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UK companies fight shy of rights ac
Subject: UK companies fight shy of rights activists, says survey
Copyright 1997 Times Newspapers Limited
January 13, 1997, Monday
HEADLINE: UK companies fight shy of rights activists, says survey
BYLINE: Marianne Curphey
ONE in five companies admits to having been deterred from an overseas
investment because of lobbying by human rights activists, or over fears that the
initiative would be too controversial, according to a new survey.
The survey shows that pressure groups are emerging as a powerful new force
capable of damaging company profits and hindering overseas development. The most
successful lobbyists are environmental organisations - among them Greenpeace,
which succeeded via a high-profile media cam paign in forcing the Shell oil
company to reconsider dumping the Brent Spar platform in the Atlantic Ocean in
Shell was also criticised last week by the World Council of Churches, which
accused Nigeria's regime of widespread oppression in the oil-rich Ogoniland and
attacked Shell for causing environmental damage in the region. Oil and gas
companies are expected to continue to be the focus for environmental anger.
The British and American public are among the most sensitive about human
rights and environmental issues, according to the report by Control Risks, the
international business consultancy. CR says Britons are more sensitive to ethics
than the pragmatic Europeans, and although businesses are theoretically willing
to engage in dialogue, they are mistrustful in practice.
Richard Fenning, development director for CR, said: "Pressure groups and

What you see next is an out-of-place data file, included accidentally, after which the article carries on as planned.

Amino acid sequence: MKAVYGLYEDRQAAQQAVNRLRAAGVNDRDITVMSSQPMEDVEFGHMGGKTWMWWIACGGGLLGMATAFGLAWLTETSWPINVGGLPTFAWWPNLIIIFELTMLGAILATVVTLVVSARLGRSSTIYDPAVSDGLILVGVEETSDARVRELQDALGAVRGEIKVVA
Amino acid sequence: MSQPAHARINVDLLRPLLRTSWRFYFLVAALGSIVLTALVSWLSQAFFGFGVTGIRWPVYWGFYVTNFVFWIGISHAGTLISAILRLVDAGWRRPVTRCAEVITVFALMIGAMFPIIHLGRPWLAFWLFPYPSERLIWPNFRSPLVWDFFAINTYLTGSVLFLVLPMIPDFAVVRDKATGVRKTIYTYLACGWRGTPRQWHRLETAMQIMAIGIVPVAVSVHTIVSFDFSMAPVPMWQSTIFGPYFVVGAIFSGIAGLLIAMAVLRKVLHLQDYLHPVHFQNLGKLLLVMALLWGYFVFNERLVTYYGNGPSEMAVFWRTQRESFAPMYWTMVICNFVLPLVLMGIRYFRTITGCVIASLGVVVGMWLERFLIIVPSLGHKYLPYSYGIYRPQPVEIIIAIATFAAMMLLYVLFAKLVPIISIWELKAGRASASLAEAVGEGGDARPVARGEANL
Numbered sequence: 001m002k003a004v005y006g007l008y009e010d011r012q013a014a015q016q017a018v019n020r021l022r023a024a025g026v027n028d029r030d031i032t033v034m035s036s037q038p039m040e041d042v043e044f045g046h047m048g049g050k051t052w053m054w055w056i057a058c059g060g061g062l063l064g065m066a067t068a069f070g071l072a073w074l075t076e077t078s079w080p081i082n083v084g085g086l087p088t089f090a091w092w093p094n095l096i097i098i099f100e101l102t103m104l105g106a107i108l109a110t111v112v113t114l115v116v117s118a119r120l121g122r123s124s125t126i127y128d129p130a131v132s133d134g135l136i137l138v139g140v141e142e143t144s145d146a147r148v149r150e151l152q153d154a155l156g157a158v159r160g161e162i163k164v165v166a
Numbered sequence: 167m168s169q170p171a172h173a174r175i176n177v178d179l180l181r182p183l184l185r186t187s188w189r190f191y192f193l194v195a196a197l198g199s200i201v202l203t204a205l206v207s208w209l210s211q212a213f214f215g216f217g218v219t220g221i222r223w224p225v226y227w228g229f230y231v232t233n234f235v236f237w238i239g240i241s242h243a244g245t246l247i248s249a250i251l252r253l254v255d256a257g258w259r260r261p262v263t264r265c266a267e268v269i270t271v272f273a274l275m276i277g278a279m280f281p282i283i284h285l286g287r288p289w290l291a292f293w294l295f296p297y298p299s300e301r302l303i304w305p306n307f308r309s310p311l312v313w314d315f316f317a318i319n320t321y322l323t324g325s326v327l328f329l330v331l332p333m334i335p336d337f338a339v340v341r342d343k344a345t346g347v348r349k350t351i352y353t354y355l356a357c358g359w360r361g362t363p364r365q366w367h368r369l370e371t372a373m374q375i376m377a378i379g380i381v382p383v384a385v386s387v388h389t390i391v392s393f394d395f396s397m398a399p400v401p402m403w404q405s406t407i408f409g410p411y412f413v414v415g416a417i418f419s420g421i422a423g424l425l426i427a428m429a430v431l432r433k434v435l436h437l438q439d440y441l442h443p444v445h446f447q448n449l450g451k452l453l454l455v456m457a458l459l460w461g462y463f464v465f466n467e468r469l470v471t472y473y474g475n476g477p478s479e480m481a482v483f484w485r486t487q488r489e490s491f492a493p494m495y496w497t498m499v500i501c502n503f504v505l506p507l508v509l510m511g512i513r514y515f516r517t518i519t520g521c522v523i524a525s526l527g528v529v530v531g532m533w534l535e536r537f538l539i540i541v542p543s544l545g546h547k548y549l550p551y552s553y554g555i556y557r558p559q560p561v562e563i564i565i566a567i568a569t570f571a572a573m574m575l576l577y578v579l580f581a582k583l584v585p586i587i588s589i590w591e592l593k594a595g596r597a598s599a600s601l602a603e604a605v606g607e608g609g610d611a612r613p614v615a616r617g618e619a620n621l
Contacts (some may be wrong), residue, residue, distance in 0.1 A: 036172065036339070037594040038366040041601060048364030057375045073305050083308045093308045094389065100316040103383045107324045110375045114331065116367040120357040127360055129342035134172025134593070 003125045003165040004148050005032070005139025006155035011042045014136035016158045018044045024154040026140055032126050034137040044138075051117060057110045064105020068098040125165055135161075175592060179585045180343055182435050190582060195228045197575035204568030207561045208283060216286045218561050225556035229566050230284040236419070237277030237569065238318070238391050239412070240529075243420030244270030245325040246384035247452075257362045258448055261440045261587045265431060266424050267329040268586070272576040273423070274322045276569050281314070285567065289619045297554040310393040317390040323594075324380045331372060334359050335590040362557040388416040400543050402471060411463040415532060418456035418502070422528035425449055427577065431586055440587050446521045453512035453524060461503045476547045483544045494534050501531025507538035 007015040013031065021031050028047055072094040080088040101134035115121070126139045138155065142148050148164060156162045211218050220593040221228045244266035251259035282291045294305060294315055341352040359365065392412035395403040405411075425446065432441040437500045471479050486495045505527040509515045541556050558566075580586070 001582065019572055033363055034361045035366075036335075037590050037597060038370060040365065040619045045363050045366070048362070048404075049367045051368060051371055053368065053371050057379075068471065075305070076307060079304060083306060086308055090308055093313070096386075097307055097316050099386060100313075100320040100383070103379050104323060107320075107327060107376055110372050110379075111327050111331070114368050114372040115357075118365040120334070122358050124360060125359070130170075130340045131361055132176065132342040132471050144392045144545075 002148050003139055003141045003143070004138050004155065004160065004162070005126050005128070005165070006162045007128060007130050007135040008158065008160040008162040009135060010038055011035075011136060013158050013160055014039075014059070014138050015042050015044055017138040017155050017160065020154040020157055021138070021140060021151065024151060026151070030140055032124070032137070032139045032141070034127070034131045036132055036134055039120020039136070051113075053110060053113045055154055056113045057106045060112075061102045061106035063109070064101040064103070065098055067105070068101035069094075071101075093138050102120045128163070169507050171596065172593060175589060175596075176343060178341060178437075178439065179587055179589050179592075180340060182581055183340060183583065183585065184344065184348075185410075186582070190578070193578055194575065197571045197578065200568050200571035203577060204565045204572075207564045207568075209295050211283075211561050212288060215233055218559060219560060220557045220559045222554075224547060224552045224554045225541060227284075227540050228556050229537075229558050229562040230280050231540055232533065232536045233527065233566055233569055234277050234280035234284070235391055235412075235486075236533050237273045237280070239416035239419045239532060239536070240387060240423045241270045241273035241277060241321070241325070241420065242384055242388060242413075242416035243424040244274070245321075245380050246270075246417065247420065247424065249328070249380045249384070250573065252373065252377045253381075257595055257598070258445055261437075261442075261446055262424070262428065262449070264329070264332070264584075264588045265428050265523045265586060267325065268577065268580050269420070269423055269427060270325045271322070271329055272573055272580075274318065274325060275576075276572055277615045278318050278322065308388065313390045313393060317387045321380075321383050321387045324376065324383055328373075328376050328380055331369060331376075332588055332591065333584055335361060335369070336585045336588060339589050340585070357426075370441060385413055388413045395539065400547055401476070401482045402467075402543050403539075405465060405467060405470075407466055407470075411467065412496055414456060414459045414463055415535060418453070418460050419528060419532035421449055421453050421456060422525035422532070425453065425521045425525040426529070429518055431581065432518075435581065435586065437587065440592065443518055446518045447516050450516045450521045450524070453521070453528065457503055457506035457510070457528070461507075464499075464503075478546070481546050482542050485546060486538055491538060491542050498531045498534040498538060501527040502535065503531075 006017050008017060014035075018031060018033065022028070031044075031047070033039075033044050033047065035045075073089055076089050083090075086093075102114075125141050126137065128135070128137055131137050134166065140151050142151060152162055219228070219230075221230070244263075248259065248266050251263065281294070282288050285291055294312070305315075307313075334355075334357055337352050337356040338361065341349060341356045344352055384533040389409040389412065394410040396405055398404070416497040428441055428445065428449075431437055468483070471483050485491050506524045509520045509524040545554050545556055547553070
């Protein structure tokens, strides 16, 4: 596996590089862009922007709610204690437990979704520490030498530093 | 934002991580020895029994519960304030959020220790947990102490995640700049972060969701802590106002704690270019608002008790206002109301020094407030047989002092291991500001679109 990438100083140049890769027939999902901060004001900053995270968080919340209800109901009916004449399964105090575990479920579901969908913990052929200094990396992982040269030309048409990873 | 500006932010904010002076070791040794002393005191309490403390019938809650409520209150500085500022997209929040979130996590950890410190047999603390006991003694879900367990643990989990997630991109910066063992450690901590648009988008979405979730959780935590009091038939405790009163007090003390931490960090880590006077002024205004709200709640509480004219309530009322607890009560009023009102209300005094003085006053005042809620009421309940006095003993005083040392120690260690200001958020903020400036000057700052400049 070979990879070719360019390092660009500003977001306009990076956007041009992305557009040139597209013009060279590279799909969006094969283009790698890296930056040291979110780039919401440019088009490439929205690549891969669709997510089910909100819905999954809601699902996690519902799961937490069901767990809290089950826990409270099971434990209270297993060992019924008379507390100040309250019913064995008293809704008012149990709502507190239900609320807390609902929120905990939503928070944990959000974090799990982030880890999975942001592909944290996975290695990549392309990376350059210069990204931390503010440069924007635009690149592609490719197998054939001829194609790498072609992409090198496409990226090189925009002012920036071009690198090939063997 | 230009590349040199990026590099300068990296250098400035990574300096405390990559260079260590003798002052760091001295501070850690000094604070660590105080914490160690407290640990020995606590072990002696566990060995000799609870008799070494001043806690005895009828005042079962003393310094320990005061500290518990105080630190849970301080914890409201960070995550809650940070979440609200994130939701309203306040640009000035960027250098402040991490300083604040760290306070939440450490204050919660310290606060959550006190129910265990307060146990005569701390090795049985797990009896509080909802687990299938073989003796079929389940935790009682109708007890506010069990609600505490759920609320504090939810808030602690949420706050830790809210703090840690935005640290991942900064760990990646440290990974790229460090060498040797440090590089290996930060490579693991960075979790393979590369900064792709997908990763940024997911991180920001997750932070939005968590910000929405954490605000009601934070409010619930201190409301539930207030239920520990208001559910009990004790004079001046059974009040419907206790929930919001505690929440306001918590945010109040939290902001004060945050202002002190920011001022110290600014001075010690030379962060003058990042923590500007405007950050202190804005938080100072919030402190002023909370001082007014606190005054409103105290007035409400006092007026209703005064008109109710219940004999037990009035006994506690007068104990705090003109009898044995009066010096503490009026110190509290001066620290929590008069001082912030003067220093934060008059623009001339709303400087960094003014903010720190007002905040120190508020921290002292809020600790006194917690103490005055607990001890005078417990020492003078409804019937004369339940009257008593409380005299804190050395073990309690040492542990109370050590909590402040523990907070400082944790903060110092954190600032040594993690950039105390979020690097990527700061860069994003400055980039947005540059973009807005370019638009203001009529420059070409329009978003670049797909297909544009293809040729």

governments, principally the United States, will threaten action in order to
guide corporate strategy." Only one in 14 German companies had altered an
investment decision because of human rights issues, compared with one in three
In the survey of 51 global companies with turnover in excess of Pounds 1
billion, 57 per cent of international development directors expected the risks
posed by pressure groups to increase over the next five years.
Only 10 per cent thought they would diminish, 90 per cent believed it was
possible to work with pressure groups on the environment and 77 per cent thought
collaboration possible on labour standards.
CR cites controversy over Burma, where in 1996 Carlsberg, the Danish brewer,
and Heineken, its Dutch counterpart, both withdrew from the country rather than
face a consumer boycott campaign. However, a report last year by the British
Government's Advisory Committee on Business and the Environment said that
although directors should involve environmentalists in policymaking, this did
not guarantee escape from high-profile media reporting.